|
|
|
|
Search: 
Latin American Herald Tribune
Venezuela Overview
Venezuelan Embassies & Consulates Around The World
Sites/Blogs about Venezuela
Venezuelan Newspapers
Facts about Venezuela
Venezuela Tourism
Embassies in Caracas

Colombia Overview
Colombian Embassies & Consulates Around the World
Government Links
Embassies in Bogota
Media
Sites/Blogs about Colombia
Educational Institutions

Stocks

Commodities
Crude Oil
US Gasoline Prices
Natural Gas
Gold
Silver
Copper

Euro
UK Pound
Australia Dollar
Canada Dollar
Brazil Real
Mexico Peso
India Rupee

Antigua & Barbuda
Aruba
Barbados
Cayman Islands
Cuba
Curacao
Dominica

Grenada
Haiti
Jamaica
Saint Kitts and Nevis
Saint Lucia
Saint Vincent and the Grenadines

Belize
Costa Rica
El Salvador
Honduras
Nicaragua
Panama

Bahamas
Bermuda
Mexico

Argentina
Brazil
Chile
Guyana
Paraguay
Peru
Uruguay

What's New at LAHT?
Follow Us On Facebook
Follow Us On Twitter
Most Viewed on the Web
Popular on Twitter
Receive Our Daily Headlines


  HOME | World (Click here for more)

Chinese Social Networks Block Debate on Extension of Xi’s Presidency

BEIJING – The upcoming constitutional reform in China that would allow the president to rule for more than two five-year terms was praised on Monday by official media while comments on the news were disabled on social media.

The Communist Party of China Central Committee proposed Sunday to do away with a two-term limit for the president and vice president of the country, which, if passed, would allow current leader Xi Jinping to be re-elected for a third term.

The social network Weibo, the local equivalent of Twitter, has blocked comments on news reports shared by official accounts and has also removed more than 3,000 comments which were posted on the first story about the measure, published by official news agency Xinhua.

Comments comparing the future of China after the step, which was announced along with other reforms in the constitution, to the North Korean regime were quickly removed.

The CPC also proposed including the ideas of Xi – arguably the most powerful leader since Mao Zedong – in the country’s constitution.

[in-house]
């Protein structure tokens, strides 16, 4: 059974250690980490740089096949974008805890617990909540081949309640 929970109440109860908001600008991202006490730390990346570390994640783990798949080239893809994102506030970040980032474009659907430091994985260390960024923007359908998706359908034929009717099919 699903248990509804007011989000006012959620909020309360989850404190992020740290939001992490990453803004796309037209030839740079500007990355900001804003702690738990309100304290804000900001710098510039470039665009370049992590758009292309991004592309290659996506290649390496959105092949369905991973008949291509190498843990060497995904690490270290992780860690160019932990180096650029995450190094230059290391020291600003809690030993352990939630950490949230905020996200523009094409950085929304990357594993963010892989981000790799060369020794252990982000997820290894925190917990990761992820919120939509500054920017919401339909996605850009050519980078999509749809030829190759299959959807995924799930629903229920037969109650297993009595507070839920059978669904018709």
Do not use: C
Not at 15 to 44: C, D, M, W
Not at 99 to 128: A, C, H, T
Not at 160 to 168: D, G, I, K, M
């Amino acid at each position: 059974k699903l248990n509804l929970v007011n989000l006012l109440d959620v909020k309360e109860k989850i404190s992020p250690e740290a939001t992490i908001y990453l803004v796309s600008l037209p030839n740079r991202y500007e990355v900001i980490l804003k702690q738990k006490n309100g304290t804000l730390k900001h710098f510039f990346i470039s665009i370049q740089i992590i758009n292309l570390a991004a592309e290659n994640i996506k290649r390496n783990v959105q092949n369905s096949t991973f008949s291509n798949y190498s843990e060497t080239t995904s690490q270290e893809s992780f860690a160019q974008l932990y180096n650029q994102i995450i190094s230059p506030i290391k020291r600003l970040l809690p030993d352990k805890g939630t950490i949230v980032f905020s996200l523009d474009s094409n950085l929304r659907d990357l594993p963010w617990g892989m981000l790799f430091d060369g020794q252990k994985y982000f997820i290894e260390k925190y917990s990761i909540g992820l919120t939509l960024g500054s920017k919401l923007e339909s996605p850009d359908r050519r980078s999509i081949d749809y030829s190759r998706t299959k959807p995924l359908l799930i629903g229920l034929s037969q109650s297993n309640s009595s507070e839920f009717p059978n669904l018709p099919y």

Official media praised the reforms and Xinhua said they had the support of most high-ranking officials and the population.

The Global Times newspaper, which is linked to the CPC, said in its editorial that the reform did not necessarily mean a lifelong presidency and that the government had carried out leadership replacement effectively in the last four decades, marked by reforms and opening-up.

Foreign ministry spokesperson Lu Kang on Monday rejected international media’s criticism about the possibility of Xi continuing as president and said the reform was an internal matter.

There has been speculation about Xi continuing as president beyond his term, set to end in 2023, since November 2017, when the 19th Congress of the CPC replaced the second string leadership but did not come up with an heir-apparent for the president, who is also the party’s secretary-general.

In Hong Kong, where press has more freedom compared to the mainland, the measure was met with some criticism from figures such as Joshua Wong, leader of the 2014 pro-democracy protests.

“This move, which would allow for a single individual to amass and accumulate political power, means that China would again have a dictator as her head of state – Xi Jinping,” Wong said on Twitter.

 

Enter your email address to subscribe to free headlines (and great cartoons so every email has a happy ending!) from the Latin American Herald Tribune:

 

Copyright Latin American Herald Tribune - 2005-2018 © All rights reserved